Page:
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Making (government) services accessible — what needs to be considered

787## Design
Dec 5, 2019 · 5 min read

What is Accessibility? Resident experiences are key.

For the last couple of months, my team has been working with residents to define accessibility. Asking people, in-person and online, “What does it mean to be accessible?” and “What barriers do you face when trying to obtain services at the city?” Getting diverse input from residents has been vital to our work because accessibility means different things to different people, in different situations.

Group of people attend an accessibility workshop “Making services accessible.”
Group of people attend an accessibility workshop “Making services accessible.”
Accessibility workshop where residents discussed the barriers they encountered accessing services.
Image for post
Image for post
Residents and city staff look through outreach data to find clusters and craft insights.

What We Learned

Services have hidden costs and requirements, which create barriers for residents, especially those with limited resources.

People need help immediately, but receiving a service can take weeks or months. Service timelines aren’t built for urgency. A long wait time discourages people causing them to disengage, and in some cases results in additional costs, which leads to a more desperate situation for residents.

The systems that enable services suffer similar accessibility issues and dependencies.

Accessing services digitally is conditional. It requires infrastructure like wifi, devices to access the internet, content that’s resident-friendly and responsive to mobile or desktop devices, and digital literacy.

Limited options restricts the people who are able to receive a service.

Several services only offer a single option for entry, which excludes individuals and whole communities. For example, requiring residents to make an appointment by phone excludes individuals who have hearing or speaking impairments. Additionally, only offering services online excludes people who need in-person help or have digital barriers.

Services aren’t designed for comfort or safety, putting residents in a vulnerable position that forces them to weigh personal wellbeing against services.

There are permanent, architectural barriers, and temporary, movable barriers. These barriers make infrastructure, like sidewalks, and physical space where individuals receive service inaccessible. Individuals want, need, have every right to know whether a space is safe. The lack of information regarding a space’s accessibility makes people unlikely to engage in services.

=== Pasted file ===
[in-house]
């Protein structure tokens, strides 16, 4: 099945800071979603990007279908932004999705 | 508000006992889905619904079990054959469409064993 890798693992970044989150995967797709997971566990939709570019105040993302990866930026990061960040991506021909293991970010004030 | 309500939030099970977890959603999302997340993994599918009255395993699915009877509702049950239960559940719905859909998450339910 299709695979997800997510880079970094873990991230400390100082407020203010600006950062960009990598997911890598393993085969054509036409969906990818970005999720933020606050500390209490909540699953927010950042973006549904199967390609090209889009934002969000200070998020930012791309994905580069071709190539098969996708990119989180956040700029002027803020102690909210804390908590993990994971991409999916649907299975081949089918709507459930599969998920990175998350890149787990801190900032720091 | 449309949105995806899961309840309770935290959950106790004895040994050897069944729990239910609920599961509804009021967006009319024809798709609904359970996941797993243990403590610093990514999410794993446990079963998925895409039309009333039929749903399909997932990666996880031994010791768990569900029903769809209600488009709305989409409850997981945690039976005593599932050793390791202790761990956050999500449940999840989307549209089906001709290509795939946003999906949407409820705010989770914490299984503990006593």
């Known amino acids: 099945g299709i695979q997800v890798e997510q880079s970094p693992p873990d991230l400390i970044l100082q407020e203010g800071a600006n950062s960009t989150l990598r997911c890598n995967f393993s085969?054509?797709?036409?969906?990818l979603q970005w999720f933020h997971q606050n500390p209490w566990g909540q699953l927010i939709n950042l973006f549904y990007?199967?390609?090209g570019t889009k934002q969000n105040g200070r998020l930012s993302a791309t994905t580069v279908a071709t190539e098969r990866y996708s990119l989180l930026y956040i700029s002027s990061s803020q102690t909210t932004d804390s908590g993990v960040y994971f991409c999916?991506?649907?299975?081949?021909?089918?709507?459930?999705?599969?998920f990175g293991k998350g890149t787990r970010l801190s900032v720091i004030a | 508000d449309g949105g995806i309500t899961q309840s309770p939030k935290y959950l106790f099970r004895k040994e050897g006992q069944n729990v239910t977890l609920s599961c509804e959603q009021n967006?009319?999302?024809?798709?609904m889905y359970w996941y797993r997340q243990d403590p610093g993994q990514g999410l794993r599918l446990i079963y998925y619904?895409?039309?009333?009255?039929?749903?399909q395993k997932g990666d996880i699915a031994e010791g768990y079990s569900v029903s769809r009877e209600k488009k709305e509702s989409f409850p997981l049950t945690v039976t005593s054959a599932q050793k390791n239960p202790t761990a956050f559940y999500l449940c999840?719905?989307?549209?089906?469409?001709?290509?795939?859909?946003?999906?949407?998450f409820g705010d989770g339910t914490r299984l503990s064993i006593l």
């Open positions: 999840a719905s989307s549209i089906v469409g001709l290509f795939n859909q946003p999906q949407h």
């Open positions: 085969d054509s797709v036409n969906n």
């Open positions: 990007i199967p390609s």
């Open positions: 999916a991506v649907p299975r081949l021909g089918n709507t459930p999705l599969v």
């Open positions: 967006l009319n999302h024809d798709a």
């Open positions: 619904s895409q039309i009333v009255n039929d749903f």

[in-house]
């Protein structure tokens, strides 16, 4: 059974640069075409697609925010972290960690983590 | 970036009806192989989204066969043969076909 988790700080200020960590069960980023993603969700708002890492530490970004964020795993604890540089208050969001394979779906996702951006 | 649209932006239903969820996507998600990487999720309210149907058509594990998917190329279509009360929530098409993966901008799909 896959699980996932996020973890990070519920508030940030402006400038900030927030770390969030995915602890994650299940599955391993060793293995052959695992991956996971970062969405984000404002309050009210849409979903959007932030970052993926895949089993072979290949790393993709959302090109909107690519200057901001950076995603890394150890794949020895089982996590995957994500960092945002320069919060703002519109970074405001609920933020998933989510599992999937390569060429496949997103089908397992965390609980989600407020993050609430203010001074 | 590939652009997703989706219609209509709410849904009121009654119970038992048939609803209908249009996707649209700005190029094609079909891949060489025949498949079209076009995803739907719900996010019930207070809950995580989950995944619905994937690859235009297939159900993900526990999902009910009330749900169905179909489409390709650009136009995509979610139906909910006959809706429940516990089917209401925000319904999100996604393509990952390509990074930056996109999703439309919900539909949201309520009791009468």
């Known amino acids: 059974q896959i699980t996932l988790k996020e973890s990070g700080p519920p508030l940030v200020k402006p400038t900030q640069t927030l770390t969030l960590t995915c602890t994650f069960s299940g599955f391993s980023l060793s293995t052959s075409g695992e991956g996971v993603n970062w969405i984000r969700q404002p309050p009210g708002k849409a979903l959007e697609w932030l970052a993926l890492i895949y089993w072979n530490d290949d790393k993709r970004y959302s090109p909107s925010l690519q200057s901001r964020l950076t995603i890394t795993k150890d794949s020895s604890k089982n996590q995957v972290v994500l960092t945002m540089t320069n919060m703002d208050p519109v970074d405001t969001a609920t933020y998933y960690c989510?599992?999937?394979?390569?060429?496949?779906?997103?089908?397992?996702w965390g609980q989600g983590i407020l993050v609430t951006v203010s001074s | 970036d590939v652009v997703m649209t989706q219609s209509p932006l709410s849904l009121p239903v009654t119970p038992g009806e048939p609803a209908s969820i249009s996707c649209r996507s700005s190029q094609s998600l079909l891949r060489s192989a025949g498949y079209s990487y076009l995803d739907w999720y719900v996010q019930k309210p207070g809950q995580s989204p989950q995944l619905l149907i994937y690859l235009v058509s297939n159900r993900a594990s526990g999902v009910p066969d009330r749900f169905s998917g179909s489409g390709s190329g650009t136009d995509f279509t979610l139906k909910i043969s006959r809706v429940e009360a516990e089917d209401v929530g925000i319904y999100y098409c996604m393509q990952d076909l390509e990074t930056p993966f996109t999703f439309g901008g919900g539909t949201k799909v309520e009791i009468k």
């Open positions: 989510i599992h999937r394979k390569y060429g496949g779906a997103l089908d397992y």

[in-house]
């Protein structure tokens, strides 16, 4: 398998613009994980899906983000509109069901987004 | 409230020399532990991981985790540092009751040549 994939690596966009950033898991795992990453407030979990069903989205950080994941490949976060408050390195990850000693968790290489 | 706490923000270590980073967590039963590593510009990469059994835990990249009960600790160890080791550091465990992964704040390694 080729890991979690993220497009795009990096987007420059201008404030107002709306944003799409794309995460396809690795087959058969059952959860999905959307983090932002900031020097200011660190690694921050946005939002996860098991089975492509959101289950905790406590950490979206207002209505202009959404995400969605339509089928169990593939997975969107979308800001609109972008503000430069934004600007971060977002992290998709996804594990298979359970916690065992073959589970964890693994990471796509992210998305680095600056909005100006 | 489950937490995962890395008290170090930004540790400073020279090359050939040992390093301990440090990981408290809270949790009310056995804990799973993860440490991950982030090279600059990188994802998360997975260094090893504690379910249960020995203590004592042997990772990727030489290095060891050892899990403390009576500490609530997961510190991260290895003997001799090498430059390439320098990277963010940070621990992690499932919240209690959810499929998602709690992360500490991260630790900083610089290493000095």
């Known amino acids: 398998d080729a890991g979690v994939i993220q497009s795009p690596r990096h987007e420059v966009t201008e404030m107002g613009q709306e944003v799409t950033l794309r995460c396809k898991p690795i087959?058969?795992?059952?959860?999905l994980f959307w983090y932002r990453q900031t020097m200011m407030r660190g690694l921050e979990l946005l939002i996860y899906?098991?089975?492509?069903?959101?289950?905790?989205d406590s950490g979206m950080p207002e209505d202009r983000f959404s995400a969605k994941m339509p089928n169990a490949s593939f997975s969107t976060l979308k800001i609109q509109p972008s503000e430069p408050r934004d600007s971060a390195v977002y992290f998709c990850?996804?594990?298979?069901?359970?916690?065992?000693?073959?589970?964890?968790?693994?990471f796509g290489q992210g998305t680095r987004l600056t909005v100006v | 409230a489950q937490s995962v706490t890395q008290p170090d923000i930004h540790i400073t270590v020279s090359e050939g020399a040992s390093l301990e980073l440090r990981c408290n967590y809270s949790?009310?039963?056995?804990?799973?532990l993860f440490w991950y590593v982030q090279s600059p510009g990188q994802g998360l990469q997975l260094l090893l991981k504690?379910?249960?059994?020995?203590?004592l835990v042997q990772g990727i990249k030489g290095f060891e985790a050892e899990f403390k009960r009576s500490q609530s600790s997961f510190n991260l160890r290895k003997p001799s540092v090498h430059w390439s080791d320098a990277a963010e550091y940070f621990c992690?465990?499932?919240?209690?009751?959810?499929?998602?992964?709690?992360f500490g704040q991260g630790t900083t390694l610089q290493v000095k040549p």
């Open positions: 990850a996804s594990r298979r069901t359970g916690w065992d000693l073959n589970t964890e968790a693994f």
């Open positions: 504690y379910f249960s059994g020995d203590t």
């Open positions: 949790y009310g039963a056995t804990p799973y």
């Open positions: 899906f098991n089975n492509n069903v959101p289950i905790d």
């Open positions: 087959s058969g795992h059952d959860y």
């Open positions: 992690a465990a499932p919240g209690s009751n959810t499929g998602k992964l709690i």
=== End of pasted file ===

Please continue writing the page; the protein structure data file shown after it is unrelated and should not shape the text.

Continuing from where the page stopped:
Staff are stuck in a continuous cycle when trying to provide more accessible services.

Inaccessible services hamper engagement. Staff realizes that’s there’s a need to partner with people in the community with lived experience. But because services are inaccessible people with lived experience don’t bother to engage in those services. So city staff isn’t exposed to residents who could identify accessibility barriers in their services.

Sticky note with the “burden is always on the resident — burden to understand, know programs, requirements, et. ” text on it.
Sticky note with the “burden is always on the resident — burden to understand, know programs, requirements, et. ” text on it.
Post-it with meta-insight.

What we’ll do with what we learned

As city employees, we’re responsible for continually improving services to make them as accessible and effective as possible. Because we are empowered, we have agency to operate the levers and tools that affect the institution in which we work. We make decisions, which determine whether or not someone receives services. As well as the type, amount, and quality of the service delivered.

Feedback is our watchword.

In the meantime we’d love to hear from you. What are your thoughts and experiences in making services accessible? Please leave a comment below or reach out to us at access@austintexas.gov.

civiqueso

Stories of Design, Technology, and Innovation in the civic…

787## Design

Written by

A Native Austinite, Chicana, and Civic Designer. A little bit qualitative, a little bit quantitative, not much rock & roll.

civiqueso

civiqueso

Stories of Design, Technology, and Innovation in the civic melting pot of Austin, Texas.

787## Design

Written by

A Native Austinite, Chicana, and Civic Designer. A little bit qualitative, a little bit quantitative, not much rock & roll.

civiqueso

civiqueso

Stories of Design, Technology, and Innovation in the civic melting pot of Austin, Texas.

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